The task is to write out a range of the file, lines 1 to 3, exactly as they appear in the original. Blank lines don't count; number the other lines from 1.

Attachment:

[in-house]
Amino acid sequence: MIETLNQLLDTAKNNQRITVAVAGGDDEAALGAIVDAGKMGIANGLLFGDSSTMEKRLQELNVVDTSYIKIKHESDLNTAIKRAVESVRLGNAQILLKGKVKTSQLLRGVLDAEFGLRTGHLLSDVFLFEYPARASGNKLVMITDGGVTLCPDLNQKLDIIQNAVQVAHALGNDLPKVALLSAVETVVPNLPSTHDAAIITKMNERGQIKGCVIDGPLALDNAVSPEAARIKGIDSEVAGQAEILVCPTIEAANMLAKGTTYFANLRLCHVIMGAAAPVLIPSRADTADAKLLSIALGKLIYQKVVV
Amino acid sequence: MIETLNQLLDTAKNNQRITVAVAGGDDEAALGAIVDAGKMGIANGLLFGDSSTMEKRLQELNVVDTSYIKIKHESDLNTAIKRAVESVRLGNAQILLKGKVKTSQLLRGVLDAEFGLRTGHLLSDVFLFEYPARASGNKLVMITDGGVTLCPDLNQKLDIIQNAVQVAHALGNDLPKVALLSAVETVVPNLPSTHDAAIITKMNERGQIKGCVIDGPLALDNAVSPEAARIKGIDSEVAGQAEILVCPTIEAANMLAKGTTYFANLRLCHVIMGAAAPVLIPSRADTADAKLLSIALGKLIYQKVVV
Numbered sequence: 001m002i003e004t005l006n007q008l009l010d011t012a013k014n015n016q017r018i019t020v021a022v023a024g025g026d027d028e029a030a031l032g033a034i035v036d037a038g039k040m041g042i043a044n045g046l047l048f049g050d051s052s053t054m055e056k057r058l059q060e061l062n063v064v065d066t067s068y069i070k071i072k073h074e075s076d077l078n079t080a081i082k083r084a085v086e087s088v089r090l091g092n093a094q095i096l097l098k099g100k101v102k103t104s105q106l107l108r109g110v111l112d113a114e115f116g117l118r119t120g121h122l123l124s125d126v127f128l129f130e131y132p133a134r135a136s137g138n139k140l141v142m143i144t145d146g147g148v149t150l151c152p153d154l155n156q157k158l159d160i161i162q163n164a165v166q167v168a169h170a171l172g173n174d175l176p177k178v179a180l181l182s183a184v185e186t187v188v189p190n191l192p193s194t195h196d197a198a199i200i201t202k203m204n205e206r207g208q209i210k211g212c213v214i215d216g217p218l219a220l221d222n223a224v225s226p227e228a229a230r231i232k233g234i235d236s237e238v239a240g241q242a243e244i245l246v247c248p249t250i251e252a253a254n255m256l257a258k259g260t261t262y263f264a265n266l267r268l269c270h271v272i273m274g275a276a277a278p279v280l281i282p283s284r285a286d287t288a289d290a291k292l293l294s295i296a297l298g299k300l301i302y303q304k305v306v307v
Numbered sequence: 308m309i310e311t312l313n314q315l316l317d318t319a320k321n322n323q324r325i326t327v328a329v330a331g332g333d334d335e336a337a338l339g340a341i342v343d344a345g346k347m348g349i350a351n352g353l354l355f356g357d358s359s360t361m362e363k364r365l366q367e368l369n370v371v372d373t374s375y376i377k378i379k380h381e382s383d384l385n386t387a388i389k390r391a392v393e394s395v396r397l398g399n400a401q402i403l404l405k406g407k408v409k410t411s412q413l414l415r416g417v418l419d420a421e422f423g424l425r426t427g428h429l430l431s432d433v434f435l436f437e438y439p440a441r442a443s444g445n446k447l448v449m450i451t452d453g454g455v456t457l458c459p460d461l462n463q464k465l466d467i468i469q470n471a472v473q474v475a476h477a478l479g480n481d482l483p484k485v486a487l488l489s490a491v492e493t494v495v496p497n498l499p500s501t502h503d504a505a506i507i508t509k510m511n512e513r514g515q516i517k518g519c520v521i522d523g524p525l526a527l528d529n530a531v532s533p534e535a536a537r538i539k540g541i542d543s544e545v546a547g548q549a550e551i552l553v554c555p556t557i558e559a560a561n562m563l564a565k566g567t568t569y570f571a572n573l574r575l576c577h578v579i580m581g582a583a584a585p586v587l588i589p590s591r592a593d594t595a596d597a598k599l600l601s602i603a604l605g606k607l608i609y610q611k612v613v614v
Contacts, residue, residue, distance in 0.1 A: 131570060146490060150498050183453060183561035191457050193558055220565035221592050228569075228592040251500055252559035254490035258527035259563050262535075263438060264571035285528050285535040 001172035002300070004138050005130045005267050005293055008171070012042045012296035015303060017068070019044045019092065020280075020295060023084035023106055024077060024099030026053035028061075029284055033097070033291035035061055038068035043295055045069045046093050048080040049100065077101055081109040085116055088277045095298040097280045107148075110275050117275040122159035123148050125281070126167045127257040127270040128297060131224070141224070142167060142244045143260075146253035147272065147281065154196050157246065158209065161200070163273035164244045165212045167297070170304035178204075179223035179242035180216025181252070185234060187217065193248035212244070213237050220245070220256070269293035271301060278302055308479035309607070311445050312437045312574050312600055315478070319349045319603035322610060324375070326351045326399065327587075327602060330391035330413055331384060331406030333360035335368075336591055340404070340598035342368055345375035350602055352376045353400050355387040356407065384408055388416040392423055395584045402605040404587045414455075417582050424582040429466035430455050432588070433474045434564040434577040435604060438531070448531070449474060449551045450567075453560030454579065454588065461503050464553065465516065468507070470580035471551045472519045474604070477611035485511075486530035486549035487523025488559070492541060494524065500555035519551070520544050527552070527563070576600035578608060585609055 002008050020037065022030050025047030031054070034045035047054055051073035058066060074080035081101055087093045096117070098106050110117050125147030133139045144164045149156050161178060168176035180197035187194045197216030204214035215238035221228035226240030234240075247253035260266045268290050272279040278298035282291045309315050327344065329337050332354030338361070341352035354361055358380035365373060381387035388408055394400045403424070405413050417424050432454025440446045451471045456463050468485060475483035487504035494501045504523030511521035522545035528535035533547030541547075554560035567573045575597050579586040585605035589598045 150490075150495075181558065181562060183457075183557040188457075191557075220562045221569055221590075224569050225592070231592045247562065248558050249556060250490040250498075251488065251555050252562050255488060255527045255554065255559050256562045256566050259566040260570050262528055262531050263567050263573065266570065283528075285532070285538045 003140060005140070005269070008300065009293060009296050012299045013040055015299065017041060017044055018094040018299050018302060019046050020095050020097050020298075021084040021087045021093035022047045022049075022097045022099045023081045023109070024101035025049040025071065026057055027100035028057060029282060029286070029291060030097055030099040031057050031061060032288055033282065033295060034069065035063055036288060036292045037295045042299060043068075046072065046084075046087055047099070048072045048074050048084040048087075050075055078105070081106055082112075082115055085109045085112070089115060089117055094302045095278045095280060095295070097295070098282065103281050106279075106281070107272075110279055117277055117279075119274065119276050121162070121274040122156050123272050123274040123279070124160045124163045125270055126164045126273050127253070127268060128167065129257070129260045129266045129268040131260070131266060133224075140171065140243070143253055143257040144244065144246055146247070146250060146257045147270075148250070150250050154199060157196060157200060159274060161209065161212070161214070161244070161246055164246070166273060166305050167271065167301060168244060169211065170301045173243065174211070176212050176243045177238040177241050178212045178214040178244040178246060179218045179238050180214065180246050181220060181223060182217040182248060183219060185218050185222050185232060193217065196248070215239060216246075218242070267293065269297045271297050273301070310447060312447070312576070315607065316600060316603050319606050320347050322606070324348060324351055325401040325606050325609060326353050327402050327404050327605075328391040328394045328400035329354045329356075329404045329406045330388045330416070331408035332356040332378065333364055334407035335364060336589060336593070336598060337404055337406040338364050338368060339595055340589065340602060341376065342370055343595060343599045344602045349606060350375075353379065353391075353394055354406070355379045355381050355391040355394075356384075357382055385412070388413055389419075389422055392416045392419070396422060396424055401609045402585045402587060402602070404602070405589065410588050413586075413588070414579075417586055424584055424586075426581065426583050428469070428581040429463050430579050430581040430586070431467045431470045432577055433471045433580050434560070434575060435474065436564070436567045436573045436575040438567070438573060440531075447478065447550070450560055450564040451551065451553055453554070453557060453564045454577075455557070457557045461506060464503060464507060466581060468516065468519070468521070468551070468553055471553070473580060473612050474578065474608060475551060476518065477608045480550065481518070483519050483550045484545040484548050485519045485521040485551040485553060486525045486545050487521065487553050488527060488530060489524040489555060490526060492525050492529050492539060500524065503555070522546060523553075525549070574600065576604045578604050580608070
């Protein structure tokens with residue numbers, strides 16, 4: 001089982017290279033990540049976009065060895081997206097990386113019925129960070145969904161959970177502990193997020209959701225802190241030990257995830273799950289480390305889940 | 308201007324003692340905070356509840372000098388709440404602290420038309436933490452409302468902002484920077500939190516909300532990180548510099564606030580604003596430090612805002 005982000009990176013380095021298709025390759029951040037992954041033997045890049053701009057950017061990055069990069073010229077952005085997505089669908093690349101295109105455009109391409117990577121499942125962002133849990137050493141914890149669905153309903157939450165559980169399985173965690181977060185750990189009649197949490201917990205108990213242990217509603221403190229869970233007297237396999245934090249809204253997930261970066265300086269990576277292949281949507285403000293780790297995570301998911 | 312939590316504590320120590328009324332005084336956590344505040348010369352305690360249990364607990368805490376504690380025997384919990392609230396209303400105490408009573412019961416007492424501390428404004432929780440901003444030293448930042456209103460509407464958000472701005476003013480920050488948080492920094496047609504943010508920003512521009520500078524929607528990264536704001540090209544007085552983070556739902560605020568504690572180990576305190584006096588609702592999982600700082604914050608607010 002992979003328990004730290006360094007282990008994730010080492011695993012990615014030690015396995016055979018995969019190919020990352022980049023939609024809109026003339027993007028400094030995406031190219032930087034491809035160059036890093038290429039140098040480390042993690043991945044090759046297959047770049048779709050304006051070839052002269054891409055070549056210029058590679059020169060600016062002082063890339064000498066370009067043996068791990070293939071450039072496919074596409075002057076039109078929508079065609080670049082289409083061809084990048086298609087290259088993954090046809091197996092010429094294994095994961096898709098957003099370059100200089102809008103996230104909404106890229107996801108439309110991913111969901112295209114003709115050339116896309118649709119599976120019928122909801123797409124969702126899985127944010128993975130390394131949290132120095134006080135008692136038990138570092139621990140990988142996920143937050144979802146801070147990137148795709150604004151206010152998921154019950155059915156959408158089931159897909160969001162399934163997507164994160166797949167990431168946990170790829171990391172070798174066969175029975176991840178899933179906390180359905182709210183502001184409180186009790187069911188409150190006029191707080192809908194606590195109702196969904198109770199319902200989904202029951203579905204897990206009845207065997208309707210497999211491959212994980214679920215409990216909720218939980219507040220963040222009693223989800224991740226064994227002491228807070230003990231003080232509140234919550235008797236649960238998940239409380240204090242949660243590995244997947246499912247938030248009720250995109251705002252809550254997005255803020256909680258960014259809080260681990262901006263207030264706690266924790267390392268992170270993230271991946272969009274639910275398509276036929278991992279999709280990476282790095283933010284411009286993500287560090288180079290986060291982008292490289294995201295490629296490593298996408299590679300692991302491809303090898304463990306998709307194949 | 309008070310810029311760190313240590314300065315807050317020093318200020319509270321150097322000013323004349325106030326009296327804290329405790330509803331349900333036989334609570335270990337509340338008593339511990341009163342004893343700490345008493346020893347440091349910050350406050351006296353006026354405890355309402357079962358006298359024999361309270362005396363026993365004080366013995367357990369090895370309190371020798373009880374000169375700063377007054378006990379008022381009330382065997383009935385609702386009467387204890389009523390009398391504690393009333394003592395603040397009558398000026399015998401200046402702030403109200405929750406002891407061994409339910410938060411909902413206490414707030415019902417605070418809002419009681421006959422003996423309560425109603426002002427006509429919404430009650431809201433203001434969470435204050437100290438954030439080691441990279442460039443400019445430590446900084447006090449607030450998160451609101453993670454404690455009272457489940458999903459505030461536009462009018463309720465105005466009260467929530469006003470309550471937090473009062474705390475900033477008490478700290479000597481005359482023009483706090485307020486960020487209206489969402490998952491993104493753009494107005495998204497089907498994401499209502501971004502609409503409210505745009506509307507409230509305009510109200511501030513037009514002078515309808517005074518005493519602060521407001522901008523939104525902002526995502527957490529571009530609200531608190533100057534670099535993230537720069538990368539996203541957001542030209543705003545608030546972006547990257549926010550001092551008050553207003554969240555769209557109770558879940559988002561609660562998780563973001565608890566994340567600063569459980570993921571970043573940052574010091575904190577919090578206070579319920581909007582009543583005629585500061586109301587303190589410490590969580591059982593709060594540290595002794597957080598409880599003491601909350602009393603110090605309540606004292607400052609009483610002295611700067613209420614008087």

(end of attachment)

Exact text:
[in-house]
Amino acid sequence: MIETLNQLLDTAKNNQRITVAVAGGDDEAALGAIVDAGKMGIANGLLFGDSSTMEKRLQELNVVDTSYIKIKHESDLNTAIKRAVESVRLGNAQILLKGKVKTSQLLRGVLDAEFGLRTGHLLSDVFLFEYPARASGNKLVMITDGGVTLCPDLNQKLDIIQNAVQVAHALGNDLPKVALLSAVETVVPNLPSTHDAAIITKMNERGQIKGCVIDGPLALDNAVSPEAARIKGIDSEVAGQAEILVCPTIEAANMLAKGTTYFANLRLCHVIMGAAAPVLIPSRADTADAKLLSIALGKLIYQKVVV
Amino acid sequence: MIETLNQLLDTAKNNQRITVAVAGGDDEAALGAIVDAGKMGIANGLLFGDSSTMEKRLQELNVVDTSYIKIKHESDLNTAIKRAVESVRLGNAQILLKGKVKTSQLLRGVLDAEFGLRTGHLLSDVFLFEYPARASGNKLVMITDGGVTLCPDLNQKLDIIQNAVQVAHALGNDLPKVALLSAVETVVPNLPSTHDAAIITKMNERGQIKGCVIDGPLALDNAVSPEAARIKGIDSEVAGQAEILVCPTIEAANMLAKGTTYFANLRLCHVIMGAAAPVLIPSRADTADAKLLSIALGKLIYQKVVV